Men fall harder than women for Internet fraud, study finds
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Data compiled from more than 206,000 complaints received last year by the U.S. Internet Crime Complaint Center (IC3) shows that men lost $1.67 to every $1 lost by women in online fraud.
The IC3 is the clearinghouse for online crime complaints in the U.S., and its database is used by regulators and law enforcement to get a picture of criminal trends and, in some cases, help hunt down the criminals. It is a joint effort run by the FBI and the National White Collar Crime Center.
The organization says that buying patterns and human nature play into the findings.
"Historically men were more apt to purchase large ticket item like electronics ... that could explain a lot of it," said John Kane, the IC3 research manager who wrote the report.
But with women now spending more online, the difference is also due to the fact that certain types of schemes seem to suck men in. "Men tend to fall victim ... to business investment schemes and some other schemes that have a higher dollar loss," Kane said.
Investment fraud complaints, where the average loss is more than $3,500, were overwhelmingly submitted by men, Kane said. Compare that to something like auction fraud, where both men and women are frequently victimized. The average loss there is just over $480.
Men also tend to be the victims of check fraud (average loss: $3,000) and Nigerian letter fraud scams ($2,000), Kane said.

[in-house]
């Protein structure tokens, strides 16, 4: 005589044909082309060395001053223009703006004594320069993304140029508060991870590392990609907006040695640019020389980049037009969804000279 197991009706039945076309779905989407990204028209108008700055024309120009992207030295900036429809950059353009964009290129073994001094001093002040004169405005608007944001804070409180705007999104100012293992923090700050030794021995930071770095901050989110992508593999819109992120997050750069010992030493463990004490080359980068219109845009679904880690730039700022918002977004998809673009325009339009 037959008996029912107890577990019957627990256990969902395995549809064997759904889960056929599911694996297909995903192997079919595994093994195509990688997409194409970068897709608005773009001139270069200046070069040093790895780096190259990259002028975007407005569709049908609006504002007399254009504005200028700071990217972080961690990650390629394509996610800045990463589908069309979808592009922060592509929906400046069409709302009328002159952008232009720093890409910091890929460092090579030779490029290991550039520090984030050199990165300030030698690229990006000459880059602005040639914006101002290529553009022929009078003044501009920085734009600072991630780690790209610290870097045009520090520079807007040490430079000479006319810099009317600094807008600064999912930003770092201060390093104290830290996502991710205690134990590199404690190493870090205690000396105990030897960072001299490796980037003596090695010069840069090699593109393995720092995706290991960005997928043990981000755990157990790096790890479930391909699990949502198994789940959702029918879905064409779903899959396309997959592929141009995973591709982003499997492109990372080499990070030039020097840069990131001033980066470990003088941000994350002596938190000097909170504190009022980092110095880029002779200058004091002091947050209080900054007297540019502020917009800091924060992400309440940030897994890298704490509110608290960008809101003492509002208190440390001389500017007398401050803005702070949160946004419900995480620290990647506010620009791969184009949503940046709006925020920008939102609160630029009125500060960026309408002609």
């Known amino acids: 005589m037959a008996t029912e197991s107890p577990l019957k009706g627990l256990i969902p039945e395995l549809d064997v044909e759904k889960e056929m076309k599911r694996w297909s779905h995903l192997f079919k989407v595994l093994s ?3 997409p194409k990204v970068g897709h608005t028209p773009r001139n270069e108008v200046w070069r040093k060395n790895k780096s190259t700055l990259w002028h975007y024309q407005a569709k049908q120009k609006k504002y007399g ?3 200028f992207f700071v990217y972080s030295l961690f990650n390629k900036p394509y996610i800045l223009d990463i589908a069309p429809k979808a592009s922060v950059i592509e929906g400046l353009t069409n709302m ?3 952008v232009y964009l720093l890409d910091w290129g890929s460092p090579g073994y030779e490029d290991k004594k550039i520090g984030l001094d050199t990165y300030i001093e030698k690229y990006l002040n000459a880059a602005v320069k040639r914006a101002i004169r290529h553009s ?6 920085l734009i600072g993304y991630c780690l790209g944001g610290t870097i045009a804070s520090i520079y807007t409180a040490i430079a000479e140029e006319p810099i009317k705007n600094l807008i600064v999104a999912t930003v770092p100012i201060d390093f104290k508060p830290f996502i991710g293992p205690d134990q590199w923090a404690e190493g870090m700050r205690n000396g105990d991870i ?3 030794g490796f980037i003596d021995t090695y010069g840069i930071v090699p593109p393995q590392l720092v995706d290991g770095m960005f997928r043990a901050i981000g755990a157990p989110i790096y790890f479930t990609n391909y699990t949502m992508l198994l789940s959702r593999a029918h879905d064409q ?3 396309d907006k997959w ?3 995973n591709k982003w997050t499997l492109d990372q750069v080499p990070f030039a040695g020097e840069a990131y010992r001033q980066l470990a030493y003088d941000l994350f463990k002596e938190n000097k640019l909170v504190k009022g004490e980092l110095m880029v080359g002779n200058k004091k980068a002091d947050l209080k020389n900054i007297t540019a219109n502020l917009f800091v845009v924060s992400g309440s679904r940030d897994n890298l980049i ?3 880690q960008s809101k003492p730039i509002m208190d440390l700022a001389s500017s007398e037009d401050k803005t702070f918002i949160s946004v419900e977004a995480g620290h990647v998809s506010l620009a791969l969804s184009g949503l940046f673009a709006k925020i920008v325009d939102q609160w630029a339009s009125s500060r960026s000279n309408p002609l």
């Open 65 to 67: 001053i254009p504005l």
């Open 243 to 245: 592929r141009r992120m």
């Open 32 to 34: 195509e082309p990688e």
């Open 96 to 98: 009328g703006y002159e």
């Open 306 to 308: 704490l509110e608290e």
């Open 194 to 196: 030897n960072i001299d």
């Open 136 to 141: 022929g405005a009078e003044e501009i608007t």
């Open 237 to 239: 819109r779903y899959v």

Overall, Internet crime is netting the bad guys more money than ever.
Total losses from 2007 complaints came to $239 million, up $40 million from 2006.
The 2007 data, released Thursday, shows that the total number of complaints received by the group was actually down for the second year in a row. In 2007 the IC3 Web site logged just under 207,000 complaints. In 2005 that number was over 231,000.
Kane credited the drop in complaints to increased consumer awareness, but according to Gary Warner, director of research in computer forensics with the University of Alabama at Birmingham, there may be another explanation.
Warner spends a lot of time studying the criminals and said that in recent months, researchers have noticed that credit card numbers have often been stolen and then not used. "One theory is that nobody wants to go to jail for stealing $40," he said. "So when they get access to these accounts, they're using only the ones that they can get the most value from."
Often, criminals will do a balance check and then sell only the cards with the highest balances. "I think there's a little bit of filtering on the criminal side that's at play here," he said.
There was another interesting finding in the 2007 data. The IC3 found that many countries that were commonly linked with cybercrime were the sources of the incidents it tracked, but it did not list China as a top source of perpetrators. China has been named as the source of many online attacks over the past year, but it didn't make IC3's list of top 10 countries by perpetrators.
Leading the list were the U.S., the United Kingdom and Nigeria.
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